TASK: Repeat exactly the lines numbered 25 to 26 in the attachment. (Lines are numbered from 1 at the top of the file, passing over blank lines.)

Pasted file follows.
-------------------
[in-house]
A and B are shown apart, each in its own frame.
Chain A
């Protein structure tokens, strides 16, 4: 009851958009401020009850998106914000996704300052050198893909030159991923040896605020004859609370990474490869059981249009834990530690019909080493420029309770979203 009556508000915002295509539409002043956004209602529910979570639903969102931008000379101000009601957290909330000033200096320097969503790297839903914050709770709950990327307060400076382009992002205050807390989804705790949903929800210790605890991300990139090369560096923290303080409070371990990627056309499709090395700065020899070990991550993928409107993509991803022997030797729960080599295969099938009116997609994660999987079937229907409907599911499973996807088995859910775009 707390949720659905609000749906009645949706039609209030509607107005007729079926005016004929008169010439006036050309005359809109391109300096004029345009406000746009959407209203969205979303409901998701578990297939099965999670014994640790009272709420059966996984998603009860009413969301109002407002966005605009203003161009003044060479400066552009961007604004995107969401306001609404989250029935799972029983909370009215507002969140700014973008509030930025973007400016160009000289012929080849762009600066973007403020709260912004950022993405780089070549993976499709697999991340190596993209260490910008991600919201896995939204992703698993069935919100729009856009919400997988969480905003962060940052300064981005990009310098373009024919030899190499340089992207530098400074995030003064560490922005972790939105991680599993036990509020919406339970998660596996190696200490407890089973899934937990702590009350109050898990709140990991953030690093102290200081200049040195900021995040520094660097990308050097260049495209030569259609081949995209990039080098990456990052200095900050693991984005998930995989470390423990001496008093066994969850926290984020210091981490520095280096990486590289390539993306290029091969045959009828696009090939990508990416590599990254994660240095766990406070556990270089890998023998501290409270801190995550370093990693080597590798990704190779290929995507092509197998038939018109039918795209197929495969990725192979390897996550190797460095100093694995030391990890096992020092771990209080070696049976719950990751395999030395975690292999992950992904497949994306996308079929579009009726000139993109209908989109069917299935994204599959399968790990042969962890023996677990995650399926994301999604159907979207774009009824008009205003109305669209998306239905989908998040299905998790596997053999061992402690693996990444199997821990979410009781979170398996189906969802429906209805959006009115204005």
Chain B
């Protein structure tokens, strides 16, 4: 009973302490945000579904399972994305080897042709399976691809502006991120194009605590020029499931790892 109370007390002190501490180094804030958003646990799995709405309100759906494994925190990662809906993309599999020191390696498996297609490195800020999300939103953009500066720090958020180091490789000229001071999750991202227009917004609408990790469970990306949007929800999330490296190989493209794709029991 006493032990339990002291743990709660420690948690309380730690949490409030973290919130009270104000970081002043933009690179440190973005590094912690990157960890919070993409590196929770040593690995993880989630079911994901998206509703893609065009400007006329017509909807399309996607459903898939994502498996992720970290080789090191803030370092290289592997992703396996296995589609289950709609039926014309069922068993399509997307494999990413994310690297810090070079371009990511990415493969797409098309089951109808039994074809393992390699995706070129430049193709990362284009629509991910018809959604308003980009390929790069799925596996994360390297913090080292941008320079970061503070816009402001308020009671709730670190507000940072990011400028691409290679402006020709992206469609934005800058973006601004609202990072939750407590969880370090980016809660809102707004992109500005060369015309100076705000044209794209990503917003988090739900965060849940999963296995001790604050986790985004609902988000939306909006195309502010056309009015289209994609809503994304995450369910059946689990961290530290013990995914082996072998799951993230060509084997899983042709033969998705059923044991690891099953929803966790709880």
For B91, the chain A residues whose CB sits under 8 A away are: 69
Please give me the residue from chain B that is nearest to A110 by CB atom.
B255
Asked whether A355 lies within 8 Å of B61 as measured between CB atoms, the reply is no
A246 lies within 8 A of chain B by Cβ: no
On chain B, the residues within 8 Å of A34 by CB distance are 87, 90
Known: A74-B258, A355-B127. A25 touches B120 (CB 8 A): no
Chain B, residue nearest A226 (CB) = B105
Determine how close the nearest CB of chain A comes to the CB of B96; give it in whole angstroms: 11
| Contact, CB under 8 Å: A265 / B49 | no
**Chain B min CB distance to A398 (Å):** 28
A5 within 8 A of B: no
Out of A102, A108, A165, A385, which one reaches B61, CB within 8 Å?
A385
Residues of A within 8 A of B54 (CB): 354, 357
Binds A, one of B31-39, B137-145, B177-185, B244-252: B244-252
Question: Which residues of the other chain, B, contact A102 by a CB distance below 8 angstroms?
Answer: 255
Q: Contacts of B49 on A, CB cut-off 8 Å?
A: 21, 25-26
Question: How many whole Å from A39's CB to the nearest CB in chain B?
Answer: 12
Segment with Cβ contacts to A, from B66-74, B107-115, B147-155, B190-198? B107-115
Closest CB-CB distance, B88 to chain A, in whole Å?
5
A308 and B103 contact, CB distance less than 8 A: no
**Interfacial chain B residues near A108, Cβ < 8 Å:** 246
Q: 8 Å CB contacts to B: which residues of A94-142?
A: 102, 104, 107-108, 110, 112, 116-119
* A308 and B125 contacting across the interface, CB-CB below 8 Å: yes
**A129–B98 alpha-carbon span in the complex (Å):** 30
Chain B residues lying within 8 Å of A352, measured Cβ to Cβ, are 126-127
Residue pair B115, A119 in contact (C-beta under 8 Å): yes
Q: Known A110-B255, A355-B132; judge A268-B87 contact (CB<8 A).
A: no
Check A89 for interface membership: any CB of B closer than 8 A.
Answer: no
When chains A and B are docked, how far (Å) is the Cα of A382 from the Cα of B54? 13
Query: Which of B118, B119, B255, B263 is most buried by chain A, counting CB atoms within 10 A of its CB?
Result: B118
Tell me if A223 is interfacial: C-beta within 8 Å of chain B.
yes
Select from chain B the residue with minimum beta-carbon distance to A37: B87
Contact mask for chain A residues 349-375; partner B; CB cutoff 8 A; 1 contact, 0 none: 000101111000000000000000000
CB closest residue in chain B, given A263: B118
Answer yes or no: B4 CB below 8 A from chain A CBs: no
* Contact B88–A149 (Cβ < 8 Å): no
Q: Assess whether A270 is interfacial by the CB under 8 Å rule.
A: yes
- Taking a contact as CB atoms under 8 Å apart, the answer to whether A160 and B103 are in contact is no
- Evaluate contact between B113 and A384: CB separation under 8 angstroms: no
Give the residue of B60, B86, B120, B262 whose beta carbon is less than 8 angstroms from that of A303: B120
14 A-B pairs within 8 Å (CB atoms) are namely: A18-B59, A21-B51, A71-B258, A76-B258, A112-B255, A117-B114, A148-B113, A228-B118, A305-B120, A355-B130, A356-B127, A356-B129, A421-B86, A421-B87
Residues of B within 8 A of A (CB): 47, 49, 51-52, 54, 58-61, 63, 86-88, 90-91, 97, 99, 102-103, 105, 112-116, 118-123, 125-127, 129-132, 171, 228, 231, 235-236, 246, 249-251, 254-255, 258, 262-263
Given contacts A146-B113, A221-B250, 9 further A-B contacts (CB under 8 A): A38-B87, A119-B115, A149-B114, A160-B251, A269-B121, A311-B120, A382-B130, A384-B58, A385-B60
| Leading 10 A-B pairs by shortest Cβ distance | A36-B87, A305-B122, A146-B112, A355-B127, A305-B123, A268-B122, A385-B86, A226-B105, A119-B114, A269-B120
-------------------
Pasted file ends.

Q: Contacts of B49 on A, CB cut-off 8 Å?
A: 21, 25-26